The Oilers are in the playoffs! In honour of the Oilers' first playoff game since 2006 on April 12, we'll be sharing interviews with just two of the many people who had a hand in building the new arena. Megan Classens was a field coordinator for PCL at Rogers Place. During the construction of the arena, we chatted with Megan about her experience working on such a massive project that would inevitably become an iconic gathering place in the city.
We sat in one of the many white trailers lined up beside the curvaceous spaceship taking shape outside. The arena seemed to glow in the midday sun as countless hardhat-wearing folks worked on every corner of the construction site. Megan wore a plaid button-up and sat in front a architectural plan of the arena pinned to the wall. She spoke softly and smiled easily when talking about how privileged she felt to be working on Rogers Place.
What did you want to be when you were a kid? Was this it?
When I was a kid, it probably ranged from being a doctor to a flight attendant.
You never thought it would be something like this?
Even when I was in school, I never thought I'd be doing something like this, but I ended up really liking it. It's awesome, every day is challenging.
Are you a fan of hockey?
I am definitely an Oilers fan especially since moving to Edmonton.
Do you have any fond memories of Rexall Place?
Probably my first game when I went there because it was my first NHL game that I'd ever been to. That was exciting.
How old were you when you went there?
I think I would have been 19.
What do you think it will be like when you walk into the finished Rogers Place for the first time?
Going to games here will be so amazing. This arena, there's so much to it. It's pretty modern. It's unlike anything I've ever seen. Just being able to know that I was working on this project, to see the finished product with all the fans will be quite exciting.
Have you been working on this project since the beginning?
I started as a student back in 2014 for groundbreaking. I worked here for 6 months and then I went backed to school to finish my engineering school. Then I started again in July.
So this is your first project with PCL out of school?
No, this is my first PCL project ever. I was hired on as a student; I started here at this project.
What did you go to school for?
I went to school for civil engineering at the University of Alberta.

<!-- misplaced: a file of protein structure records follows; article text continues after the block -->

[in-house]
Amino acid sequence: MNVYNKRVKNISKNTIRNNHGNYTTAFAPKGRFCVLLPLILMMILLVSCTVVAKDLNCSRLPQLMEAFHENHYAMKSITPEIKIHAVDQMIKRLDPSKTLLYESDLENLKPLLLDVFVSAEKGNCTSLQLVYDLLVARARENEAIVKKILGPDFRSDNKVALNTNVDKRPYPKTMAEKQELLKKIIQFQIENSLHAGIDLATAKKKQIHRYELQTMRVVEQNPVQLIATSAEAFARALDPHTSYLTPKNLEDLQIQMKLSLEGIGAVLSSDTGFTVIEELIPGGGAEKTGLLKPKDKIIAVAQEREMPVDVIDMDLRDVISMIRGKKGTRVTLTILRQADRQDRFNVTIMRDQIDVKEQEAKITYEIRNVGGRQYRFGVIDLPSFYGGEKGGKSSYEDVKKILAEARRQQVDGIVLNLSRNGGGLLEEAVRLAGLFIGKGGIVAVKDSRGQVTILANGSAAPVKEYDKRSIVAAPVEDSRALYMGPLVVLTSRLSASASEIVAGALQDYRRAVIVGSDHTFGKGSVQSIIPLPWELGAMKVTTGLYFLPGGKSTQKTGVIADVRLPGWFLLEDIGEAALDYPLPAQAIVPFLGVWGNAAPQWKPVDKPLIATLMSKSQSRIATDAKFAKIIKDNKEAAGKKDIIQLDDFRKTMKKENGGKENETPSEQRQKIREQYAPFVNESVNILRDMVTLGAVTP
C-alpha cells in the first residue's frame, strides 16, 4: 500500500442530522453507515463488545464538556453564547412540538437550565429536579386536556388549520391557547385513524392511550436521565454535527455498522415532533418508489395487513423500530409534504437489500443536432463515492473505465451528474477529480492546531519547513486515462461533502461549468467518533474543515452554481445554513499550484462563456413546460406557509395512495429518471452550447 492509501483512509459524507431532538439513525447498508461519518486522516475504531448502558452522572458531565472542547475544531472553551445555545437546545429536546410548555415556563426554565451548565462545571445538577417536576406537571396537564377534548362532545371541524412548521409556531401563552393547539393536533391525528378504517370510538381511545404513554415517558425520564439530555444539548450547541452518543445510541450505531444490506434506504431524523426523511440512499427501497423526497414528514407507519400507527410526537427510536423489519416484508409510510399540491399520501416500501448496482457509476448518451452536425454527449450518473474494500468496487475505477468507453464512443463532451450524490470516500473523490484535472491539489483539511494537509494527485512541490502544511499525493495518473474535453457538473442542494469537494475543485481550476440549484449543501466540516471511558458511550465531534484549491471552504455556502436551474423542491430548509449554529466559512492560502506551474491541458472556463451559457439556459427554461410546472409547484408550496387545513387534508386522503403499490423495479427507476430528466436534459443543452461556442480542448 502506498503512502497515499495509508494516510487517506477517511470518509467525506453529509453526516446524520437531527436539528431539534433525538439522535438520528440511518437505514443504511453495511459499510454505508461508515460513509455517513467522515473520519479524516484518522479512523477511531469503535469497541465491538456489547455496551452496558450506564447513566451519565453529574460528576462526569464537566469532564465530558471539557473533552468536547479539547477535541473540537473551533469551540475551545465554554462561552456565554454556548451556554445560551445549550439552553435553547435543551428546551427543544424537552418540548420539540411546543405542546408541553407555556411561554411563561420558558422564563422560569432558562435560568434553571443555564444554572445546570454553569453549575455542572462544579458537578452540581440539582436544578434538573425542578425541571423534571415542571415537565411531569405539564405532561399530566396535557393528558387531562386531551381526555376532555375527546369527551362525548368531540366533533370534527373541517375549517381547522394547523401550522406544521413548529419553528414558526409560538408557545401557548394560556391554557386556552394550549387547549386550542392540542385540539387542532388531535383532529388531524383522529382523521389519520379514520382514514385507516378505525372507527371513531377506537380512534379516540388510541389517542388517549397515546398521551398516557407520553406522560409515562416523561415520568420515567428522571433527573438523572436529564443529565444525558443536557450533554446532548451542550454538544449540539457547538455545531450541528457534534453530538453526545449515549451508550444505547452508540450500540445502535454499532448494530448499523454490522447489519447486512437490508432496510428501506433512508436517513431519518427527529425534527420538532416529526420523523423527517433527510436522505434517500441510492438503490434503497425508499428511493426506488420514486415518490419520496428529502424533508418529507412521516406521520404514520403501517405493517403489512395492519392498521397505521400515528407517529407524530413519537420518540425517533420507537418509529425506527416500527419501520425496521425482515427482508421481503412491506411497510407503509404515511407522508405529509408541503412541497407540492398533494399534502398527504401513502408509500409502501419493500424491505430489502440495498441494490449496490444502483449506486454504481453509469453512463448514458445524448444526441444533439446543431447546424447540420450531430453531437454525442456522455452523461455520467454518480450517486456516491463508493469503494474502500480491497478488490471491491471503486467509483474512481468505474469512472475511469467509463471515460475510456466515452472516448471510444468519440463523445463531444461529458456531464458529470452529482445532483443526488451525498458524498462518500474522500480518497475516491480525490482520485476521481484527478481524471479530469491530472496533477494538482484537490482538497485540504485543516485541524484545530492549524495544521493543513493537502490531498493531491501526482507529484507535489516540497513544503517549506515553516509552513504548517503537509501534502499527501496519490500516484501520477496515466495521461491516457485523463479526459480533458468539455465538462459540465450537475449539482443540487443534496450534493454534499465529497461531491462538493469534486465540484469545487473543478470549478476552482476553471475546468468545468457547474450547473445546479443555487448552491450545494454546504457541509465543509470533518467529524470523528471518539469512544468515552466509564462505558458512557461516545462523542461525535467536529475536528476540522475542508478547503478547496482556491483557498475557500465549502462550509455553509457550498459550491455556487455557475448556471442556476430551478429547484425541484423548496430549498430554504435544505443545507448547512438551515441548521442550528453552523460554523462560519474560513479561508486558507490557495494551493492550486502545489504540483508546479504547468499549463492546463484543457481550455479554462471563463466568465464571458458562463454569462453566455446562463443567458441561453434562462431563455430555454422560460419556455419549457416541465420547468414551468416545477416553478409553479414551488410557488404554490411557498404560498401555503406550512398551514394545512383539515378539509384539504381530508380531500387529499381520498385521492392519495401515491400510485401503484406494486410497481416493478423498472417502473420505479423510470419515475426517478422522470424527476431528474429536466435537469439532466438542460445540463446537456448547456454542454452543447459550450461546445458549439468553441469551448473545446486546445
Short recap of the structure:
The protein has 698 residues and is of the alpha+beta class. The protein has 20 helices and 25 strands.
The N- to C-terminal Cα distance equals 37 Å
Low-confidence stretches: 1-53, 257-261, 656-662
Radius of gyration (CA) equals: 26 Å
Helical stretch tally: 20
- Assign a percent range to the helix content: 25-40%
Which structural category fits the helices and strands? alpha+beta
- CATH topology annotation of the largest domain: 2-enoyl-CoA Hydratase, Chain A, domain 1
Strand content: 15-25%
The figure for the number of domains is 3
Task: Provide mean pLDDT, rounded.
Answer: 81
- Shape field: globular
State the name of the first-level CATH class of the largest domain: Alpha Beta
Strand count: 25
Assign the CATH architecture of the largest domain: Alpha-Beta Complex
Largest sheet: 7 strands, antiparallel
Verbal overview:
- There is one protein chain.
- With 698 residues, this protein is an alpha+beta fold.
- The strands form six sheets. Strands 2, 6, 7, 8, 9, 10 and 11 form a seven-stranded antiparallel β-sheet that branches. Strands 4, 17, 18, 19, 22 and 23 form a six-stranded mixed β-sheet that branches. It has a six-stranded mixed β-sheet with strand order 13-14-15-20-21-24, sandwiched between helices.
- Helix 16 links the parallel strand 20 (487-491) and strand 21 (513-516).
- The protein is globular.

What made you want to study civil engineering?
To start it off, I really like hands-on. I really like math. Then I got a job for the Town of Coaldale, where I'm from. It ended up being a lot of construction monitoring. I really liked construction, to see how everything comes together.
What's your job like day-to-day?
Day-to-day I work with my superintendent on the middle floors. We have it divided up. The types of things I do is work on safety to make sure trades are following our site safety plan. I do a lot with quality to ensure that they're following their quality plan and that the items installed are to the right specs. I also help push schedules to make sure that we can get it all done on time and then coordinate work. Certain trades have to be in certain areas before other trades.
What's the most important thing for you in your job?
The most important thing working in this field is safety. We want to make sure that everyone gets home safe at the end of the day.
Do you have any memorable stories from your job? Anything you feel really proud of? A day you went home and you thought, "That was a good day."
One of the really good days was when we had the first seat installed. For me, that was really cool. I got to sit in it and look back at the arena. "Wow, this has come so far." When I started in 2014, it was just piling. It was essentially a dirt hole and now to be able to sit in that first seat, that's pretty exciting ... It was Section 101, I think row 4, seat 20.
"One of the really good days was when we had the first seat installed. For me, that was really cool. I got to sit in it and look back at the arena."
What did it feel like when you were sitting in that seat, looking down? What were you thinking about?
Sitting in the seat it was definitely exciting and it was also a proud moment for our team to make it this far. "It's really happening, final product, you can see it." I'm very excited for the concerts and games to come.
It must be something when you're working on a project like this and it's so huge. Then to see it stage by stage slowly being built and being realized.
This is my first project for PCL, so starting as a student with the piling work and then coming back just as they finish steel, I got to see ... the only section I missed was mainly the steel erection. To see it from the ground coming up is really exciting and now we're putting all the final touches in like base and tile. Some of the TV brackets are going in, final paint. We're punching out our final inspections. So it's really exciting to see what it's going to look like. This is the final product.
Is there anything you hope to accomplish in your career after this?
For being my first project, I think, "How could I top this?" Hopefully there will be other exciting projects I get to work on. And then, to just learn a lot.
After working on something like this, is there any project in particular that you hope you work on one day?
Another project that would be exciting to work on is all the towers going up across the street. To stay in this downtown area and see the rest of the Ice District grow would be very exciting.
Do you live downtown?
I do not live downtown. I live near White Ave.
Do you think the arena will make you come downtown more often?
For sure. I think it's going to be awesome. The downtown will definitely be changed. I think a lot more people will enjoy the downtown.
Megan Classens is currently working on another PCL project in Edmonton.